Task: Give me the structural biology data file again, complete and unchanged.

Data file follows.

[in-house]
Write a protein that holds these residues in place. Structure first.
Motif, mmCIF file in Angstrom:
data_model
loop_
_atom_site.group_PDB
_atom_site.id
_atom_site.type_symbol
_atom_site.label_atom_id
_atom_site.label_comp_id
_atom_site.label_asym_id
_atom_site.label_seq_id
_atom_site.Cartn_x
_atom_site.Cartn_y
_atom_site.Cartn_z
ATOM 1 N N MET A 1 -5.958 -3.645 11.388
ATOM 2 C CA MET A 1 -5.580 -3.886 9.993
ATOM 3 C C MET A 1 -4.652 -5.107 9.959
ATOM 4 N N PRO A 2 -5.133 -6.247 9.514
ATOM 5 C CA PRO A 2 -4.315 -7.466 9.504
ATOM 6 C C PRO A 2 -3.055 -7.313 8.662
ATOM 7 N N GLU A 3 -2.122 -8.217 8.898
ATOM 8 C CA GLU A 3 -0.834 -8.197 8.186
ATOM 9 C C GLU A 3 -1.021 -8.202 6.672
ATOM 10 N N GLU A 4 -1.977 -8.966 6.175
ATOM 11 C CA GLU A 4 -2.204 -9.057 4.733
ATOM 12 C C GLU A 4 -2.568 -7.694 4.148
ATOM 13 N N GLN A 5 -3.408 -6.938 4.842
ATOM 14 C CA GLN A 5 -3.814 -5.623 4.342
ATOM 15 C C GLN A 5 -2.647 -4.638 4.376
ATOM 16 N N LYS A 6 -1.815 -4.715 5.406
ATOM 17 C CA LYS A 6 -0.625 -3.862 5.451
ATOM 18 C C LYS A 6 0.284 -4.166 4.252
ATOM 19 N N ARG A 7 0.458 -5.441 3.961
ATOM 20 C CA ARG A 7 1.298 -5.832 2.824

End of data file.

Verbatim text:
[in-house]
Write a protein that holds these residues in place. Structure first.
Motif, mmCIF file in Angstrom:
data_model
loop_
_atom_site.group_PDB
_atom_site.id
_atom_site.type_symbol
_atom_site.label_atom_id
_atom_site.label_comp_id
_atom_site.label_asym_id
_atom_site.label_seq_id
_atom_site.Cartn_x
_atom_site.Cartn_y
_atom_site.Cartn_z
ATOM 1 N N MET A 1 -5.958 -3.645 11.388
ATOM 2 C CA MET A 1 -5.580 -3.886 9.993
ATOM 3 C C MET A 1 -4.652 -5.107 9.959
ATOM 4 N N PRO A 2 -5.133 -6.247 9.514
ATOM 5 C CA PRO A 2 -4.315 -7.466 9.504
ATOM 6 C C PRO A 2 -3.055 -7.313 8.662
ATOM 7 N N GLU A 3 -2.122 -8.217 8.898
ATOM 8 C CA GLU A 3 -0.834 -8.197 8.186
ATOM 9 C C GLU A 3 -1.021 -8.202 6.672
ATOM 10 N N GLU A 4 -1.977 -8.966 6.175
ATOM 11 C CA GLU A 4 -2.204 -9.057 4.733
ATOM 12 C C GLU A 4 -2.568 -7.694 4.148
ATOM 13 N N GLN A 5 -3.408 -6.938 4.842
ATOM 14 C CA GLN A 5 -3.814 -5.623 4.342
ATOM 15 C C GLN A 5 -2.647 -4.638 4.376
ATOM 16 N N LYS A 6 -1.815 -4.715 5.406
ATOM 17 C CA LYS A 6 -0.625 -3.862 5.451
ATOM 18 C C LYS A 6 0.284 -4.166 4.252
ATOM 19 N N ARG A 7 0.458 -5.441 3.961
ATOM 20 C CA ARG A 7 1.298 -5.832 2.824